8. Ben Charlton says:

    Went there today and it was all fine, easy to climb over a wall by one of the gates and easy to get out of. Parked in a little lay-by next it. No security or anything.

    1. Alex Rhodes says:

      Is it all still good now?

      1. Ben Charlton says:

        I’d assume so considering I went just under a week ago

  9. Charles Barton says:

    Hi guys,
    I am doing my final major project for uni and really want to visit the place. Have I got the right place? Honey Lane, Alton, GU34 3BS


  10. Rhonny says:

    Hey! I went here today as part of my project for Photography in college and though I did not physically go inside the brickworks I got photos from outside which worked well for me. When we were looking around, a car came down and told us that the guy who owns it apparently isn’t that keen on ‘visitors’ due to vandalism from kids which is quite sad really and so wouldn’t risk going in, which is fair enough. There’s no security around as far as I know, though a lot of barbed wire.

  11. Eidminas says:

    Hey all, went a couple of weeks ago for an A-level project it’s extremely easy to get into, everything is still there but there isn’t much place to park a car so you will need to walk a bit. Apart form that it’s a very cool location to visit and take some photos.

    1. Stu says:

      I’m thinking of doing a Photoshoot with a model up there, is it still guarded by a security guard?

      1. Eidminas says:

        Didn’t think they ever had security there, but there are three houses right next to the factory so would be careful that you don’t attract too much attention as am uncertain on how they will react.

  12. Dan P says:

    A really creepy but cool location, I used to work there :)

    1. Thomas Steckler says:

      Dear Dan,

      My name is Thomas Steckler and I am currently at university in the process of planning a Photo-Journalism based documentary for our course. Our main idea for our documentary will be based on Abandoned Locations with the viewing platform of VR and we are hoping to be able to film in Selborne Brickworks as one of our possible locations.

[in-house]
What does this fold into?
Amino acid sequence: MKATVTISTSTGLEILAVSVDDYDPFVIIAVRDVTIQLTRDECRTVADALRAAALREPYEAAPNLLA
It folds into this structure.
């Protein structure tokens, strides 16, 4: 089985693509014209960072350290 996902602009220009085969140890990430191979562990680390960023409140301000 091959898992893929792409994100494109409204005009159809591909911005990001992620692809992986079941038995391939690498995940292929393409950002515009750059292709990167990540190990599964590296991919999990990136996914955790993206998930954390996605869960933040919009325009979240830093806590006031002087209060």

We are looking towards people to interview as part of the documentary to share more insight into the location’s past, why it was closed, what it was like to work there etc. Is there any possibility you’d be willing to help us with this whether it’s through a written interview or more preferably a recorded message for us or depending on location if we could film an interview with you. My email address is:

      We look forward to hearing back from you.

      Kind regards,

  13. Sammy J says:

    Great photos! ;)

  14. Callum says:

    Where exactly is this brickworks?

    1. steve says:

      Did you manage to find the location to this if so could I have it? :)

    2. Roo says:

      Just Google Selborne Brickworks Hampshire, the second or third link down has the postcode attached to it

  15. Jodie says:

    Hiya, how easy was this to get into for photos? Is it still there?

    1. The Urban Explorer says:

      I would assume it’s still there. As for access, no problems at all.

      1. Sarah P says:

        Visited earlier this summer. Not sure how people are getting access as the site has security fencing, CCTV and a security guard who immediately calls the police even if you are just standing outside!

        If someone knows how to get in avoiding all this, I’d be interested to know!

        1. The Urban Explorer says:

          Sounds like you’re in the wrong place?!